Southampton 2 -3 Manchester United
I’ve said it very clearly, for the last two weeks, that this is going to be one of those seasons where pretty much every match we play has an absurd score, 6-5, 3-4, 5-4, etc. I am a middle-aged old fart and I’m really staring to question, not my love for my team, but whether my heart, or at least my underwear drawer, can hold out for the season. At any rate, away to Southampton, Manchester United had a historic day as Sir Alex Ferguson managed his 1000th match for the club and striker Robin Van Persie scored his 100th goal in the Premier League.
During this crazy, topsy-turvy mishmash of a match, before Our Robin stood there, with his hat-trick in hand, pointing toward his club badge for the benefit of Our traveling red army packed in the stands at St. Mary’s, there was a moment where Sir Alex Ferguson’s shiny, brilliant new toy must have anticipated the looming sting of the Gaffer’s hairdryer. Did RVP really try a high school boy’s version of a cutesy-poo Andrea Pirloesque chip when we were 2-1 down in the midst of the old tartan warrior’s record-breaking 1,000th game in charge? Did he? Did he really?
Of course, what happened next is just one more story in the catalog of United comebacks. RVP’s equalizer was headed home after 87 minutes and then, with this pulsating thriller entering injury-time, another header, an exquisite bit of art as he rose high to nod home at a diagonal angle far too obtuse for the stranded Southampton goalkeeper Kelvin Davies to reach for the winner. Rockin’ Robin, the Dutch assassin, with the invaluable service of the Ginger Ninja, Paul Scholes, at his side, somehow managed to turn the match inside out and belly up. Poor Southampton–one minute in it, then done–upside down – stunningly, devastatingly mugged on the very cusp of their first win of the season.
Yes, Southampton were snake-bitten and yes, United are jammy! Did they deserve the three points? Adam Lallana was a buzzing metronome. Jason Puncheon gave United’s once brilliant left back Patrice Evra a spanking. Sliding on the long St. Mary’s turf and absolutely devoid of reflexes, Puncheon passed Evra the kind of Sicilian message so well heeded by a less vanity-befuddled Gary Neville a season ago. Turn him over, Fergie: He’s done! Meanwhile, the Saints’ young Alsacian midfielder Morgan Schneiderlin wreaked havoc on United’s AWOL central midfield. Both Tom Cleverley and Michael Carrick underwhelmed again. Consistently terrified of any kind of physical contact, Carrick exuded the body language of a Gulag inhabitant. This aspect of his game did not surprise me, although now that he’s freed from the responsibilities of being a second stopper behind Nemanja Vidic, the excuses are running out. Why, with Shinji Kagawa continually marked by at least two players, Cleverley and Carrick repeatedly still kept trying to find him with timid passes beggars belief. And with Vidic and Ferdinand looking sort of rusty and arthritic, screaming at each other a lot and reminding those of us of a certain age of Elizabeth Taylor and Richard Burton getting wed for a third time, United’s defense was terrible.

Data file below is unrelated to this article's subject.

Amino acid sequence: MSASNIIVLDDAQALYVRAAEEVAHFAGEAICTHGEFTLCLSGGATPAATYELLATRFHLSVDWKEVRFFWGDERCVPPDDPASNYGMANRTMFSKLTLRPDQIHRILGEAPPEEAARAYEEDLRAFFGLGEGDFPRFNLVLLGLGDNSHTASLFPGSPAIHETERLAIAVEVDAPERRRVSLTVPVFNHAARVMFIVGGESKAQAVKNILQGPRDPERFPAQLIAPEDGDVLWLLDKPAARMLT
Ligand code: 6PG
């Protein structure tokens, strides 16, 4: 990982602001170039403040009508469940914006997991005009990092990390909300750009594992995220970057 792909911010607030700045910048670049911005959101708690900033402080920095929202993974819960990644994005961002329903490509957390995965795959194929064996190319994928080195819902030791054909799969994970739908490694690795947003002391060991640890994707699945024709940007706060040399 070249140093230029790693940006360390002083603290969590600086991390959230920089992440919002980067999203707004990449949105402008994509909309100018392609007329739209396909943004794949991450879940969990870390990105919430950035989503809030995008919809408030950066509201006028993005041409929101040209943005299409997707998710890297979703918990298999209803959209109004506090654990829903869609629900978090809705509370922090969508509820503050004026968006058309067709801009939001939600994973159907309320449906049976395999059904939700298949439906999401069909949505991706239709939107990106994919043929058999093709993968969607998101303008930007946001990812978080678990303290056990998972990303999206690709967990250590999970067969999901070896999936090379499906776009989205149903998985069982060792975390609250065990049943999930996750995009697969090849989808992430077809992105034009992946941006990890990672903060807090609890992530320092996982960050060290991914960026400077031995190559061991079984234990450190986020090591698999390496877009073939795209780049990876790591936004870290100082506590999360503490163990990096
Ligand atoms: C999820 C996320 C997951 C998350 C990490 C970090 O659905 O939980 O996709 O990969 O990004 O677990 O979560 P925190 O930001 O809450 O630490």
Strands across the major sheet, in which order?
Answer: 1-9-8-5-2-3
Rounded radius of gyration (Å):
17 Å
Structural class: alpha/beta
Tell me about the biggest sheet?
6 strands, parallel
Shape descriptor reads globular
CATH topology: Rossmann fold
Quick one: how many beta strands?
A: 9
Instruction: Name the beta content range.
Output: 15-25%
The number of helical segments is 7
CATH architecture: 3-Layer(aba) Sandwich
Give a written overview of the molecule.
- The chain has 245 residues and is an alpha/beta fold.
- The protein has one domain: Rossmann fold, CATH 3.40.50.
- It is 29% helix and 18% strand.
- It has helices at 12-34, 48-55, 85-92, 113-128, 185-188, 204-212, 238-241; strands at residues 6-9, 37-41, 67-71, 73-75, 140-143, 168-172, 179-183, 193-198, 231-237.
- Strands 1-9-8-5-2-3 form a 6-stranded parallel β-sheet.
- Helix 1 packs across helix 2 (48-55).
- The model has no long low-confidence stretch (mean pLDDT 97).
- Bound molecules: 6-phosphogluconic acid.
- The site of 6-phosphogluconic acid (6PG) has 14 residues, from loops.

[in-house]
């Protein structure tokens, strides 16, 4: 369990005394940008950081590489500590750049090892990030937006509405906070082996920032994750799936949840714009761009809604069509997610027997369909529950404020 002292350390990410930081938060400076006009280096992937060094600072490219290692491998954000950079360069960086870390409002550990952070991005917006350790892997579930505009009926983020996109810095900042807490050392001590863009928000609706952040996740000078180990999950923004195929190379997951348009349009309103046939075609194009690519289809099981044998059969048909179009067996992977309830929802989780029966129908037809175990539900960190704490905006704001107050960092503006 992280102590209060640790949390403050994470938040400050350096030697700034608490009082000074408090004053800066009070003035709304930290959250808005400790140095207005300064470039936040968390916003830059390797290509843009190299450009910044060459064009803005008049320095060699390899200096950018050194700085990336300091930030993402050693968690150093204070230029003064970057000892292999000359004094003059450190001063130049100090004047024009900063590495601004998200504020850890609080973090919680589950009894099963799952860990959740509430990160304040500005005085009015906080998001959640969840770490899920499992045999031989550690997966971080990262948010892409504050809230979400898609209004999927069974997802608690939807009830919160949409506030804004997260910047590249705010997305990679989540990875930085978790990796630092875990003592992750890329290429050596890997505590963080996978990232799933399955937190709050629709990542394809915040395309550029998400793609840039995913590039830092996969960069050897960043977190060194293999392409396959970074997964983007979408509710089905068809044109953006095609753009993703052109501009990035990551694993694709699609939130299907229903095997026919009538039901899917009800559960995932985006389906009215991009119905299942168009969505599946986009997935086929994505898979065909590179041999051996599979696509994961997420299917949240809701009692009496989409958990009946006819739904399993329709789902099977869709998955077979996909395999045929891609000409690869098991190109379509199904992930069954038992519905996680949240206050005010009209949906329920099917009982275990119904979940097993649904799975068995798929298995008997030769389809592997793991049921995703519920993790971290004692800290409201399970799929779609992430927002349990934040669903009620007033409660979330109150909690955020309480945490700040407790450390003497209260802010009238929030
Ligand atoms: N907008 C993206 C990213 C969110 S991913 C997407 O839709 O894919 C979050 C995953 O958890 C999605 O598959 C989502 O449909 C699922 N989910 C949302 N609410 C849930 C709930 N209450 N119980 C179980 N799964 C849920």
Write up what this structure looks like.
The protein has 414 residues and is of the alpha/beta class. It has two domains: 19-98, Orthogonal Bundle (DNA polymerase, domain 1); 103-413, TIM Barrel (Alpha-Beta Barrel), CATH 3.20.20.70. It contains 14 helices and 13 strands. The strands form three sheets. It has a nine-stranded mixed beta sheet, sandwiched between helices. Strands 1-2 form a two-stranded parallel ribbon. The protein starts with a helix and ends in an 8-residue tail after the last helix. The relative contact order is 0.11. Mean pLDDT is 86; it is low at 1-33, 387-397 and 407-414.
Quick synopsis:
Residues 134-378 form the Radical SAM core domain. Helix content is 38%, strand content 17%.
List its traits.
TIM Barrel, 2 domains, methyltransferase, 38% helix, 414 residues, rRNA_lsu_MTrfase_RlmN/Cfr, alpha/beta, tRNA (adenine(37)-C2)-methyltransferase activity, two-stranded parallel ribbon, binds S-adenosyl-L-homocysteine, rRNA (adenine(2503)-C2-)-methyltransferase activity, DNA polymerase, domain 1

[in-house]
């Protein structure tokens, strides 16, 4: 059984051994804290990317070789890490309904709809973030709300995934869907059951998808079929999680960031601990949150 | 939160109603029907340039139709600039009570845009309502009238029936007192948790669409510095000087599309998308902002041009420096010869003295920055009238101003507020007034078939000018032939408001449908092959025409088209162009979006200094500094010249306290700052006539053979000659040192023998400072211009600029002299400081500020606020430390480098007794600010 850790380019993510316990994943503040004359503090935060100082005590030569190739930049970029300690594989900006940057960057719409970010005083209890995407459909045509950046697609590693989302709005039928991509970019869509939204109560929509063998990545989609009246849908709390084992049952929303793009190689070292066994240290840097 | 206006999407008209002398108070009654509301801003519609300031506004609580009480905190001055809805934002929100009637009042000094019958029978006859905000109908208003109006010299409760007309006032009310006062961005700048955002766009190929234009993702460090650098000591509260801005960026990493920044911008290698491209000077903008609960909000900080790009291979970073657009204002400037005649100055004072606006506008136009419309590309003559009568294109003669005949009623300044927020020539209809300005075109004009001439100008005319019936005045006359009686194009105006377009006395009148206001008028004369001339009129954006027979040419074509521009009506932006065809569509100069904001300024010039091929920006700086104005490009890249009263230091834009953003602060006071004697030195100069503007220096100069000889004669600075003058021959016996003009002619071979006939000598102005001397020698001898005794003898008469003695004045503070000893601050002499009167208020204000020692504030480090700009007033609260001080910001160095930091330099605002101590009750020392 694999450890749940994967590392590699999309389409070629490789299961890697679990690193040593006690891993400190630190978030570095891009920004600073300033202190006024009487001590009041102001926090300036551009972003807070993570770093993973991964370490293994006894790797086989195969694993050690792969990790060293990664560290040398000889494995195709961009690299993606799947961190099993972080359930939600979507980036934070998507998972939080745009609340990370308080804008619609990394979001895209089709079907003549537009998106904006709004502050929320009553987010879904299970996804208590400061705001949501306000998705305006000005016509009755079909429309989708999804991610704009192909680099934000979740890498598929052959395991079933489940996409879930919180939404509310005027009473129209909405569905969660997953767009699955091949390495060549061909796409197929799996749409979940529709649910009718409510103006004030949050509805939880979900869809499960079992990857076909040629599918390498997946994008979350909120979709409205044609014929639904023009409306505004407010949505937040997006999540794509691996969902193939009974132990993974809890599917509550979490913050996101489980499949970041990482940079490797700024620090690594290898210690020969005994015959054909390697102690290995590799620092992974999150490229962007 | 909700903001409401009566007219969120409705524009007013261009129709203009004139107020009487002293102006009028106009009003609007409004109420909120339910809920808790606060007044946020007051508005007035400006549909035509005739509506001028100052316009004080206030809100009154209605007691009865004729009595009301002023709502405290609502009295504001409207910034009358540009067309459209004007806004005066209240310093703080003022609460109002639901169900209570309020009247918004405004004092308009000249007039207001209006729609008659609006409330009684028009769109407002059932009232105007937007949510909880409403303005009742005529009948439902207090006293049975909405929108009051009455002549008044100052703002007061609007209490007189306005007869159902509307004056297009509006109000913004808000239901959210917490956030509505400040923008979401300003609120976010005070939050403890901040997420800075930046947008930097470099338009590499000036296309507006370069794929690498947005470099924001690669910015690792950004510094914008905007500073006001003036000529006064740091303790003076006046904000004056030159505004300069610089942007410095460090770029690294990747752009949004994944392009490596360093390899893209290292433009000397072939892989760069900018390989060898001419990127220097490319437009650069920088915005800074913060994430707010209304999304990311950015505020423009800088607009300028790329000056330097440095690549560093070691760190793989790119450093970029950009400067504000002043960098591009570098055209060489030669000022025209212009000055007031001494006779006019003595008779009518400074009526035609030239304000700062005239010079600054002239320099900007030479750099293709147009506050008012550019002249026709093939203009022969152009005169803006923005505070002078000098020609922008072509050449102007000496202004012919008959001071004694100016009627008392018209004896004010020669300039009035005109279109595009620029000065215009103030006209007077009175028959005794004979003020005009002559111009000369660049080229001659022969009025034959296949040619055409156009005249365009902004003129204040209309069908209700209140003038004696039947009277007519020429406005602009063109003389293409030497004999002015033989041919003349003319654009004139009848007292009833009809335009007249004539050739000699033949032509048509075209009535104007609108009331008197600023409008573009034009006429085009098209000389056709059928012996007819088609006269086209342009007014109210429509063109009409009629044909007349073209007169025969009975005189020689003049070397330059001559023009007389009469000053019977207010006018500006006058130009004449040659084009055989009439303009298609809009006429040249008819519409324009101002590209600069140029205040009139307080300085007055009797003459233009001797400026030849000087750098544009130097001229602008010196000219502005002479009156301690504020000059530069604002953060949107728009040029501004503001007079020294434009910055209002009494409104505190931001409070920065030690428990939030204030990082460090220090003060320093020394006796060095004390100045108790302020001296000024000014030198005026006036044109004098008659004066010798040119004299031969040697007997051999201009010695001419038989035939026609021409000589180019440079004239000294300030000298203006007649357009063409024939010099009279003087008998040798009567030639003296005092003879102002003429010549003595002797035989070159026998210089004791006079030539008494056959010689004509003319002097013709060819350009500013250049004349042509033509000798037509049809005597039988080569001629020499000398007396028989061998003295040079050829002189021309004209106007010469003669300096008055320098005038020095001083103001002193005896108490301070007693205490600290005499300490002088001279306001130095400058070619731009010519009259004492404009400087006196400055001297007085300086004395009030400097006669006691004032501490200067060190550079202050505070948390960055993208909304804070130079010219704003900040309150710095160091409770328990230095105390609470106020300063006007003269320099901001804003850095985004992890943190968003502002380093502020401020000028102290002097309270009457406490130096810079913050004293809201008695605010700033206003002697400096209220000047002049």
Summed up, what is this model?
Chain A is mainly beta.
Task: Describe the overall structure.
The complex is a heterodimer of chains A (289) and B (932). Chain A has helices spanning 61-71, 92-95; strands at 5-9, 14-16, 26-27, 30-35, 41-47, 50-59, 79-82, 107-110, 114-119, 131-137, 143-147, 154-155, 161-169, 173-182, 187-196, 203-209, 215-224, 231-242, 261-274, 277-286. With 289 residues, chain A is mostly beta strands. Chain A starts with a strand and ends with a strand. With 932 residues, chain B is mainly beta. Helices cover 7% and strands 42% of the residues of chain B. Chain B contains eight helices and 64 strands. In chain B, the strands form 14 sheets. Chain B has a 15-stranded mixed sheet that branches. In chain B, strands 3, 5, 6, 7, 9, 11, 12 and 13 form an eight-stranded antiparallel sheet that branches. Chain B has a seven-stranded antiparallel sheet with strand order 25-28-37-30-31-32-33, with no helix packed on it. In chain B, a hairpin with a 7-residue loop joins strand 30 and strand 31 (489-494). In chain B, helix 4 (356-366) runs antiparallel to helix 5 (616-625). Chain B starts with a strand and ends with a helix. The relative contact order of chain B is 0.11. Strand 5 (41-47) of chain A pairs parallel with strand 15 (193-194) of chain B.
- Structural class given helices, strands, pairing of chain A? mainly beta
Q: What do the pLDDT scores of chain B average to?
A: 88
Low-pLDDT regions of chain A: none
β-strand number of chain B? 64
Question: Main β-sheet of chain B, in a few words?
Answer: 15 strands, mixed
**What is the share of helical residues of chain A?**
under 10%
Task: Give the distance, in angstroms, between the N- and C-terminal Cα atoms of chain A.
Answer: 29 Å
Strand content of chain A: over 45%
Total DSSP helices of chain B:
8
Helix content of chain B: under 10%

Luckily, Southampton were incapable of playing anything one might call defense, beyond packing their final third of the pitch with players. Indeed, once Paul Scholes arrived, the two late goals he set up were the difference. Like an adult child forced by circumstance to move back in with its parents, United steadily grow more, not less dependent on the 37-year-old Scholes. And with both Schneiderlin and Puncheon exhausted, the extra energy Ferguson pumped into his side with the introduction of Scholes and striker Javíer Hernandez made a huge difference.
Above all, there’s hyperbole for Robin Van Persie. The first goal he scored, like the one last week, was an exquisite left-footed angled strike. After giving the slip to Nathaniel Clyne, the elegant Nederlander controlled an Antonio Valencia cross on his chest, he blasted a volley past Davis after. And then third, a gorgeous header, his 100th in Premier League competition, at an awkward angle after a superbly accurate corner from Nani.
Nigel Adkins’ side deserve credit. The tough-as-teak, Rickie Lambert had headed the home side into a seventeenth minute lead after Jason Puncheon delivered an inch-perfect cross, exposing the Rafael da Silva’s lack of height with a perfectly placed header. And, later, 58 minutes in, Patrice Evra, supposedly marking Schneiderlin, did a kind of Harpo Marx-meets Mr. Pastry pratfall, allowing the Frenchman all the time in the world to steal the ball away from Cleverley as he passed recklessly to Kagawa, stormed in and then headed home.
Finally, last but not least, there’s the crazy penalty that anyone who witnessed this match will never forget. After a bad Kelvin Davis clearance fell to Nani . The Portuguese winger went into one of his delicious. tricky, mazy runs and clumsy Jos Hooiveld, althoughh e was clearly going for the ball, scythed through the back of his fellow Dutchman Thus there was the penalty no one will ever forget.
It was a grand entertainment indeed. 35 thrillers to go! Not to mention the extra hijinx thrills and spills of the European Champions League, F.A. Cup and the League Cup.